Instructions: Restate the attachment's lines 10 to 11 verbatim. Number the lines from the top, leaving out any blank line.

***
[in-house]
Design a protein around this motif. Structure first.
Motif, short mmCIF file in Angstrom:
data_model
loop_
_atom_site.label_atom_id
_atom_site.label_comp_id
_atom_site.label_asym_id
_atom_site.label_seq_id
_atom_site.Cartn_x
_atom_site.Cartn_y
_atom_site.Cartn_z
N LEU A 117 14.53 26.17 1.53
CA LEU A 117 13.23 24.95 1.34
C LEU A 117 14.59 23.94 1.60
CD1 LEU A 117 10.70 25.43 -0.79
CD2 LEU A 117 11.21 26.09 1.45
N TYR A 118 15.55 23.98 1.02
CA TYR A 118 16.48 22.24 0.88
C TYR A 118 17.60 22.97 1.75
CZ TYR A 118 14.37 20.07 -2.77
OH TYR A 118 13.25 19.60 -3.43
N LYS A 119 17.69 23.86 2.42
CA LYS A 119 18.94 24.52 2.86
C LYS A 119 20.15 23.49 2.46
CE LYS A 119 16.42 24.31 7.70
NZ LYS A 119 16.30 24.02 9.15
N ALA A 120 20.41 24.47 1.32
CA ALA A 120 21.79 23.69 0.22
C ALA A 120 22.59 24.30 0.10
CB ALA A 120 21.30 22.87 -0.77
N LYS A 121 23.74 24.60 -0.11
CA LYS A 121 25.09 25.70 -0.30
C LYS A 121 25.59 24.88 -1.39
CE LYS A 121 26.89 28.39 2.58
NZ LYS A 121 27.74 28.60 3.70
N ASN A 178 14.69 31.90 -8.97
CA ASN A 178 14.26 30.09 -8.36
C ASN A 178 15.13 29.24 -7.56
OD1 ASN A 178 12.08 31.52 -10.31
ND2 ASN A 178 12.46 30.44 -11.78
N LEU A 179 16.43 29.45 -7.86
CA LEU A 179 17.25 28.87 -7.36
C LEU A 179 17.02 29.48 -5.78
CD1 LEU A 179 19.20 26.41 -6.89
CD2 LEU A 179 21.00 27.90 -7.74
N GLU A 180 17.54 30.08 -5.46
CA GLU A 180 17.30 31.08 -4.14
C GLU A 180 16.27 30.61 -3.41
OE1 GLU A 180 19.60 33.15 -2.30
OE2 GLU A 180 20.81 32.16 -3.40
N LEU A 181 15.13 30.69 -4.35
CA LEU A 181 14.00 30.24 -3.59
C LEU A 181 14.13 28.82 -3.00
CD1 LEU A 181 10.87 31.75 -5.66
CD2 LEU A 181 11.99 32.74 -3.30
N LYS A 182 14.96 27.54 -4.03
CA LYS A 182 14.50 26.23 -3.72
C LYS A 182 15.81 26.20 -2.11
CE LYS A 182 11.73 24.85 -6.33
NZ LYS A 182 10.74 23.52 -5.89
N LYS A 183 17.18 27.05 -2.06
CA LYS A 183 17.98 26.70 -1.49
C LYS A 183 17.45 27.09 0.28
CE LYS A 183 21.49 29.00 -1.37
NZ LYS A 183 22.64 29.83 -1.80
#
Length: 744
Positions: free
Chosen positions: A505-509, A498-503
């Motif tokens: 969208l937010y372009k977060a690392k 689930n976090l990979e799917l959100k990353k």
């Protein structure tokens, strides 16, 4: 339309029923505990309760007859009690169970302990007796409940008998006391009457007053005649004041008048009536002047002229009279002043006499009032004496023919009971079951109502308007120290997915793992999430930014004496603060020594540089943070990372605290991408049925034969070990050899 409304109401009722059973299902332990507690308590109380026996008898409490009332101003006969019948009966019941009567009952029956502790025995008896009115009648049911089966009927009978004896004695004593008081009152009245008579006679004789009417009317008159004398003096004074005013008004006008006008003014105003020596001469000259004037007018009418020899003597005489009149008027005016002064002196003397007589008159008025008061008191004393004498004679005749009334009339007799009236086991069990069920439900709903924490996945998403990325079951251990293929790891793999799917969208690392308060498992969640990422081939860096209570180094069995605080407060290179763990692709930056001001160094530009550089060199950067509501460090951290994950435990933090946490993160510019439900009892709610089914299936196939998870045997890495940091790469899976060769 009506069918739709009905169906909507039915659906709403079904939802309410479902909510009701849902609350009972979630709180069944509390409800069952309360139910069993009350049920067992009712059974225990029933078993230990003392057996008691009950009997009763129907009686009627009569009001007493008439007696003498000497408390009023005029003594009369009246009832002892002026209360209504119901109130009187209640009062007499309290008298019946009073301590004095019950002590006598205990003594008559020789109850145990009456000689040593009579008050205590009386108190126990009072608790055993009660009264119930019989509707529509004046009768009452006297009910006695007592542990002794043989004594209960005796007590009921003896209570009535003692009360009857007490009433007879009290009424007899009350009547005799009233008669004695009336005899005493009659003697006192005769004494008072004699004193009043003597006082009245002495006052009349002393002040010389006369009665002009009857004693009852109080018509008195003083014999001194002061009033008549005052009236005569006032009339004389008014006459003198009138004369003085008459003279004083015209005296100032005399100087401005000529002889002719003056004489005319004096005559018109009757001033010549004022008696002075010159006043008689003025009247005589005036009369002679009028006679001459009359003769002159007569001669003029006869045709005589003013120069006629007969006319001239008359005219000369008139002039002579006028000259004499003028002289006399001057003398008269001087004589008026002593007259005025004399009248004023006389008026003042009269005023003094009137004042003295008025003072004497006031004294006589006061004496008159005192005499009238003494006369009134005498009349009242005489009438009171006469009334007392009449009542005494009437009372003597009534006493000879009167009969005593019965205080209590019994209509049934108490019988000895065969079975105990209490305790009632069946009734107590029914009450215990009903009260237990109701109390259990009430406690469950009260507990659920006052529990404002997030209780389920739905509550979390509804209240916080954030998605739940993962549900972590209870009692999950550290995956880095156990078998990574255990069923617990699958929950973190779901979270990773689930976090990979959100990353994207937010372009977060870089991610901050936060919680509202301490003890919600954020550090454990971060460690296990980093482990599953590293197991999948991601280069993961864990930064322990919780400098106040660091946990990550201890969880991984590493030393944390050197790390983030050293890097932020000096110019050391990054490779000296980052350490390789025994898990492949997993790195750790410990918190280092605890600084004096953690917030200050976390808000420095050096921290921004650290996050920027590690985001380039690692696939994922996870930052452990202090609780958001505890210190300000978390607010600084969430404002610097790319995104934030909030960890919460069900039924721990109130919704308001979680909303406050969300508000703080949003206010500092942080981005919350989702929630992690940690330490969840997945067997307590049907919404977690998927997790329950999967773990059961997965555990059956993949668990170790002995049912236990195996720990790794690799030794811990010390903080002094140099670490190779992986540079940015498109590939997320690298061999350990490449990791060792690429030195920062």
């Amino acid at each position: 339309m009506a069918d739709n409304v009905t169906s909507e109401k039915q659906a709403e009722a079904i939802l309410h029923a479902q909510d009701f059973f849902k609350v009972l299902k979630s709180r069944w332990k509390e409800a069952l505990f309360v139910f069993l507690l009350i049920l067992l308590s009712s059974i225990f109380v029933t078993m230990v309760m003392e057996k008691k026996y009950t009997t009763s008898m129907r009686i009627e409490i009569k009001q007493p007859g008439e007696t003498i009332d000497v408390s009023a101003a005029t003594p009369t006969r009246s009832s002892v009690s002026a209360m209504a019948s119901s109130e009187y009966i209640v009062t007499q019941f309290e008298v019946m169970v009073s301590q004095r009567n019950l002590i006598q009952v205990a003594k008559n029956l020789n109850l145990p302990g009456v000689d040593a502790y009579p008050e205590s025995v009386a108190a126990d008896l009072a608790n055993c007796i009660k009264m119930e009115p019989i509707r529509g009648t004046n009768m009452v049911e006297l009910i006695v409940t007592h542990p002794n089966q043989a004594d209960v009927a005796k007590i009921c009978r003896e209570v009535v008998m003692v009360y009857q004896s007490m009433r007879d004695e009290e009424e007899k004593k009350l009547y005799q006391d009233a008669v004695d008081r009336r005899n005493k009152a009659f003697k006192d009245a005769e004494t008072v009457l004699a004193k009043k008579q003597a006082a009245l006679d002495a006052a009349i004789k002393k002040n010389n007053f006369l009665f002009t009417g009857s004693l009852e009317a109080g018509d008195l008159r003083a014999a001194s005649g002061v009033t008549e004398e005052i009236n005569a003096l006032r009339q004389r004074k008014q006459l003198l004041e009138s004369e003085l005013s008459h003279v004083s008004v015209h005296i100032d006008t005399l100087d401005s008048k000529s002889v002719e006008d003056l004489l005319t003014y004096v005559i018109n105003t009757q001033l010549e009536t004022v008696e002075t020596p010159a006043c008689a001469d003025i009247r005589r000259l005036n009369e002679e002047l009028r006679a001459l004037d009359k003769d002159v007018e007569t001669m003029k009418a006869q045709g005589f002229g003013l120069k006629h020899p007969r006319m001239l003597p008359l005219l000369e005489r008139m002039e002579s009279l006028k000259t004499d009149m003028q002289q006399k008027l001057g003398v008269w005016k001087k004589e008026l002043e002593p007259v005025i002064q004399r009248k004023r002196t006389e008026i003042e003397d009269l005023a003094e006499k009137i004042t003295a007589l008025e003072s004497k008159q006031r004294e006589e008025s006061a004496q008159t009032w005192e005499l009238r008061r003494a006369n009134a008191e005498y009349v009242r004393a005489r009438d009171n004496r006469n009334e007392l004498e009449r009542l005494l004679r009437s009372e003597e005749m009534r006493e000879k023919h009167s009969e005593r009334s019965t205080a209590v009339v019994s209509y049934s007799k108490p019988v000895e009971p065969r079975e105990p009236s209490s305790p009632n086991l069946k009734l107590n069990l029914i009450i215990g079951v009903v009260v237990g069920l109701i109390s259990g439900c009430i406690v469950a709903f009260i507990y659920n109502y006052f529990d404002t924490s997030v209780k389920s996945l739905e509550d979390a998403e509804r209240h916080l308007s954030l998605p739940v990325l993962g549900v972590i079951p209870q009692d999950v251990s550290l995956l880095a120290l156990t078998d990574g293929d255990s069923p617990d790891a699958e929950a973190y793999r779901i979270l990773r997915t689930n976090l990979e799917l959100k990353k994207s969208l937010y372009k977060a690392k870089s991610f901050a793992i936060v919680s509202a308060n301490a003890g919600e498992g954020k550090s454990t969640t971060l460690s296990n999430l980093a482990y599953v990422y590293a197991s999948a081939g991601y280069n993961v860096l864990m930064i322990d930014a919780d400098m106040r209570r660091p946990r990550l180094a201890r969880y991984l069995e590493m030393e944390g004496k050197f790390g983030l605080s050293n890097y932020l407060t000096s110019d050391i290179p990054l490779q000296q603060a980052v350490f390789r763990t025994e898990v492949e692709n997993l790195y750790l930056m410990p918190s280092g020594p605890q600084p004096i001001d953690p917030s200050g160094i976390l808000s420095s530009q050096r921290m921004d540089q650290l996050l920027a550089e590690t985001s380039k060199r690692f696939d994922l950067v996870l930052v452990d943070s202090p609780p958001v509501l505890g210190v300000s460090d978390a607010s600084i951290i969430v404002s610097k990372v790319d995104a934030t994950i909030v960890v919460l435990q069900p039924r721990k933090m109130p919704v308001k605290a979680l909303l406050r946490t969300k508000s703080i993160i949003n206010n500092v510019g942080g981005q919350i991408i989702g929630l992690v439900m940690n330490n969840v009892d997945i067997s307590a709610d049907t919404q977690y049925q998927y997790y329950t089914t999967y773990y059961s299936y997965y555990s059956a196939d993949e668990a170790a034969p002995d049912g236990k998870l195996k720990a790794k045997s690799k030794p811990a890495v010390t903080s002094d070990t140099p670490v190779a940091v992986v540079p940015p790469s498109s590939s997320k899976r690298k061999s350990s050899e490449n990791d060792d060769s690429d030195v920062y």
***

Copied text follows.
_atom_site.Cartn_x
_atom_site.Cartn_y